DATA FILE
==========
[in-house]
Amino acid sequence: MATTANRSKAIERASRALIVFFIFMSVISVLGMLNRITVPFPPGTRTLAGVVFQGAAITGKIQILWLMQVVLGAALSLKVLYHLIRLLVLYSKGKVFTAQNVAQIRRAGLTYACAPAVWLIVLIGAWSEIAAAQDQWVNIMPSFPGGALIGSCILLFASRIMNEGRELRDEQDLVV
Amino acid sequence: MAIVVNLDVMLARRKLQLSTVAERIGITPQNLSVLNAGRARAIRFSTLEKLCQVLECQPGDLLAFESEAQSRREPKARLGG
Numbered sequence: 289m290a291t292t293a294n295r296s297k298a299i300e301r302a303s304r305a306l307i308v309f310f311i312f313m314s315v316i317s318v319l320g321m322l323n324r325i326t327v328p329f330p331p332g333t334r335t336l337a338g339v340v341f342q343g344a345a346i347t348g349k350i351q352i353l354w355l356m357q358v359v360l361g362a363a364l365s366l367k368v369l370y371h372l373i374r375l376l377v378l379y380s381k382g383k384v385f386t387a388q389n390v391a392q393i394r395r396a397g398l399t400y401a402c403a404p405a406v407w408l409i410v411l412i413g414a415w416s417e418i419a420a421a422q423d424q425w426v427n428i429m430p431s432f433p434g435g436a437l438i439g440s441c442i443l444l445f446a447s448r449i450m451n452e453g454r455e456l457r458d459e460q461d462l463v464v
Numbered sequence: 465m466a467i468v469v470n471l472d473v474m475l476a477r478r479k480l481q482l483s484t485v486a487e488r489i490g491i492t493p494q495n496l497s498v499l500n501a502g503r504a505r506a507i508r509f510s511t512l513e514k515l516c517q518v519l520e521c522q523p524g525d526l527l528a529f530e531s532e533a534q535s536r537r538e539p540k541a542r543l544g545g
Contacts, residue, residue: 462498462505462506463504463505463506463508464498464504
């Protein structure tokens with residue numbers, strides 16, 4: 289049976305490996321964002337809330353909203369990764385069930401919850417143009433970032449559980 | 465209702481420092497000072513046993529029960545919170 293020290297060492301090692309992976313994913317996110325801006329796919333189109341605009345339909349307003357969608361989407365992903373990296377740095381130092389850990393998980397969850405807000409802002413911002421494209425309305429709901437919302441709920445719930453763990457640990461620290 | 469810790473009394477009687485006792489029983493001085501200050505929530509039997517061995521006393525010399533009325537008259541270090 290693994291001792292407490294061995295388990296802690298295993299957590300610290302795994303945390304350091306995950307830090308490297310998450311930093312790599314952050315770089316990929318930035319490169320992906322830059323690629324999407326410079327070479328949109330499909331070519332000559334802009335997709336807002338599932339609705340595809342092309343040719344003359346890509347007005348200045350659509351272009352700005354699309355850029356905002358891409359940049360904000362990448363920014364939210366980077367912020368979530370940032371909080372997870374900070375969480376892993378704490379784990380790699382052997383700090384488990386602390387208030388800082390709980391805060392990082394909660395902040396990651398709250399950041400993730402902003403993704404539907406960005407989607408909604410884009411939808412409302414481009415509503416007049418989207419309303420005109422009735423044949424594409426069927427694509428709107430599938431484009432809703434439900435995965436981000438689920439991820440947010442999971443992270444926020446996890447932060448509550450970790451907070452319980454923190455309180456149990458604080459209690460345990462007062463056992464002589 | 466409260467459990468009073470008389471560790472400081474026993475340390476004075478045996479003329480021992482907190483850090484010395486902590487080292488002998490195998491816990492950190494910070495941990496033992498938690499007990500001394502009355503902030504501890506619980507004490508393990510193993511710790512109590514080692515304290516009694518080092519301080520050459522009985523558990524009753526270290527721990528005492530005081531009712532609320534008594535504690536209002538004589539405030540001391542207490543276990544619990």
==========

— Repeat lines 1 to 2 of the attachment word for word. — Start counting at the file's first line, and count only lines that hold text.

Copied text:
[in-house]
Amino acid sequence: MATTANRSKAIERASRALIVFFIFMSVISVLGMLNRITVPFPPGTRTLAGVVFQGAAITGKIQILWLMQVVLGAALSLKVLYHLIRLLVLYSKGKVFTAQNVAQIRRAGLTYACAPAVWLIVLIGAWSEIAAAQDQWVNIMPSFPGGALIGSCILLFASRIMNEGRELRDEQDLVV